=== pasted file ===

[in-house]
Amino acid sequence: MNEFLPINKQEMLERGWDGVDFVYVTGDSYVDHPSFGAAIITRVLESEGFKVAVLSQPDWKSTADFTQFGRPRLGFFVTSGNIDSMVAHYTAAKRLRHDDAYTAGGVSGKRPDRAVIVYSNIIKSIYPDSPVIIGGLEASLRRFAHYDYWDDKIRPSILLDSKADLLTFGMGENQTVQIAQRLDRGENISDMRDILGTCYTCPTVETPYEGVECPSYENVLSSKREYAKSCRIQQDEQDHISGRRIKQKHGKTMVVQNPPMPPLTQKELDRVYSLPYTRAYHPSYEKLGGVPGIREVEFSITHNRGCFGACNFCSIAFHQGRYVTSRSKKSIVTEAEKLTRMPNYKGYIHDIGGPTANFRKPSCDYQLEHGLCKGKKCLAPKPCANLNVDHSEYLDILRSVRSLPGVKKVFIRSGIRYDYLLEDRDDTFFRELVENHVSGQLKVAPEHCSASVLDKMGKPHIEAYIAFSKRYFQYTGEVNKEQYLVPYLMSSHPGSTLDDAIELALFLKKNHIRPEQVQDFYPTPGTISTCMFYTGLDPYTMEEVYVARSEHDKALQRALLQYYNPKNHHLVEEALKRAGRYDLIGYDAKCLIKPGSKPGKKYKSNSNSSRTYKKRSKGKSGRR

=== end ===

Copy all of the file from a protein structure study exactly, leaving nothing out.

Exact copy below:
[in-house]
Amino acid sequence: MNEFLPINKQEMLERGWDGVDFVYVTGDSYVDHPSFGAAIITRVLESEGFKVAVLSQPDWKSTADFTQFGRPRLGFFVTSGNIDSMVAHYTAAKRLRHDDAYTAGGVSGKRPDRAVIVYSNIIKSIYPDSPVIIGGLEASLRRFAHYDYWDDKIRPSILLDSKADLLTFGMGENQTVQIAQRLDRGENISDMRDILGTCYTCPTVETPYEGVECPSYENVLSSKREYAKSCRIQQDEQDHISGRRIKQKHGKTMVVQNPPMPPLTQKELDRVYSLPYTRAYHPSYEKLGGVPGIREVEFSITHNRGCFGACNFCSIAFHQGRYVTSRSKKSIVTEAEKLTRMPNYKGYIHDIGGPTANFRKPSCDYQLEHGLCKGKKCLAPKPCANLNVDHSEYLDILRSVRSLPGVKKVFIRSGIRYDYLLEDRDDTFFRELVENHVSGQLKVAPEHCSASVLDKMGKPHIEAYIAFSKRYFQYTGEVNKEQYLVPYLMSSHPGSTLDDAIELALFLKKNHIRPEQVQDFYPTPGTISTCMFYTGLDPYTMEEVYVARSEHDKALQRALLQYYNPKNHHLVEEALKRAGRYDLIGYDAKCLIKPGSKPGKKYKSNSNSSRTYKKRSKGKSGRR